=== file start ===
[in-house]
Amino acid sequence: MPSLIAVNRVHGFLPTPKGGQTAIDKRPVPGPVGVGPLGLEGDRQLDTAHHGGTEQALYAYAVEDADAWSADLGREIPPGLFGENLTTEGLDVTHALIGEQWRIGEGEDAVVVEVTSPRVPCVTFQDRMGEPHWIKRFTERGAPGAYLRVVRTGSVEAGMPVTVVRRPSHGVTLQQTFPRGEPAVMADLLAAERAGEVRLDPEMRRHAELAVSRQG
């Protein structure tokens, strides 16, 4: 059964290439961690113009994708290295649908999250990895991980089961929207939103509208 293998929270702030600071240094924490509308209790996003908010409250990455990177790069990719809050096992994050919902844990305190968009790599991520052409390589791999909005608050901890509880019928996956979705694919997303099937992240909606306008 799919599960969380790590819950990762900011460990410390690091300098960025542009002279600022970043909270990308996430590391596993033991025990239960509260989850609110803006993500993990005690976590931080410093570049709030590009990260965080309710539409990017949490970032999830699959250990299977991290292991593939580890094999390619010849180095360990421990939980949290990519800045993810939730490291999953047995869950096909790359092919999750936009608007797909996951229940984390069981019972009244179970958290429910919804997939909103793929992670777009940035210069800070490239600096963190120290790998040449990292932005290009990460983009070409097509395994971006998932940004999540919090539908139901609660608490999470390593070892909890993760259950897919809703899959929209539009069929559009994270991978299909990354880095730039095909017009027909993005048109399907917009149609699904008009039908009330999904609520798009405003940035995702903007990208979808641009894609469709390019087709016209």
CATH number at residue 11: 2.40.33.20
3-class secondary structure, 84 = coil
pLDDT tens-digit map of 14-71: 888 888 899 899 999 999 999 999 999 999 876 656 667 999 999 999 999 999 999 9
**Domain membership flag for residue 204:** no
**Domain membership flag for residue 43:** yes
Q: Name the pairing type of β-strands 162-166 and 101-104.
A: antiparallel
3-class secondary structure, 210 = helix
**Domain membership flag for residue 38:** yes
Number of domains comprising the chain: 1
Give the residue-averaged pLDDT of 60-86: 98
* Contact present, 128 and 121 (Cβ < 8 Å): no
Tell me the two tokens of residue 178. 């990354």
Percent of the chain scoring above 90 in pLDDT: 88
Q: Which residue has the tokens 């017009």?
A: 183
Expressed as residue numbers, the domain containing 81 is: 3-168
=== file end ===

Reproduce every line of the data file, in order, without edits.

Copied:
[in-house]
Amino acid sequence: MPSLIAVNRVHGFLPTPKGGQTAIDKRPVPGPVGVGPLGLEGDRQLDTAHHGGTEQALYAYAVEDADAWSADLGREIPPGLFGENLTTEGLDVTHALIGEQWRIGEGEDAVVVEVTSPRVPCVTFQDRMGEPHWIKRFTERGAPGAYLRVVRTGSVEAGMPVTVVRRPSHGVTLQQTFPRGEPAVMADLLAAERAGEVRLDPEMRRHAELAVSRQG
């Protein structure tokens, strides 16, 4: 059964290439961690113009994708290295649908999250990895991980089961929207939103509208 293998929270702030600071240094924490509308209790996003908010409250990455990177790069990719809050096992994050919902844990305190968009790599991520052409390589791999909005608050901890509880019928996956979705694919997303099937992240909606306008 799919599960969380790590819950990762900011460990410390690091300098960025542009002279600022970043909270990308996430590391596993033991025990239960509260989850609110803006993500993990005690976590931080410093570049709030590009990260965080309710539409990017949490970032999830699959250990299977991290292991593939580890094999390619010849180095360990421990939980949290990519800045993810939730490291999953047995869950096909790359092919999750936009608007797909996951229940984390069981019972009244179970958290429910919804997939909103793929992670777009940035210069800070490239600096963190120290790998040449990292932005290009990460983009070409097509395994971006998932940004999540919090539908139901609660608490999470390593070892909890993760259950897919809703899959929209539009069929559009994270991978299909990354880095730039095909017009027909993005048109399907917009149609699904008009039908009330999904609520798009405003940035995702903007990208979808641009894609469709390019087709016209």
CATH number at residue 11: 2.40.33.20
3-class secondary structure, 84 = coil
pLDDT tens-digit map of 14-71: 888 888 899 899 999 999 999 999 999 999 876 656 667 999 999 999 999 999 999 9
**Domain membership flag for residue 204:** no
**Domain membership flag for residue 43:** yes
Q: Name the pairing type of β-strands 162-166 and 101-104.
A: antiparallel
3-class secondary structure, 210 = helix
**Domain membership flag for residue 38:** yes
Number of domains comprising the chain: 1
Give the residue-averaged pLDDT of 60-86: 98
* Contact present, 128 and 121 (Cβ < 8 Å): no
Tell me the two tokens of residue 178. 């990354």
Percent of the chain scoring above 90 in pLDDT: 88
Q: Which residue has the tokens 């017009």?
A: 183
Expressed as residue numbers, the domain containing 81 is: 3-168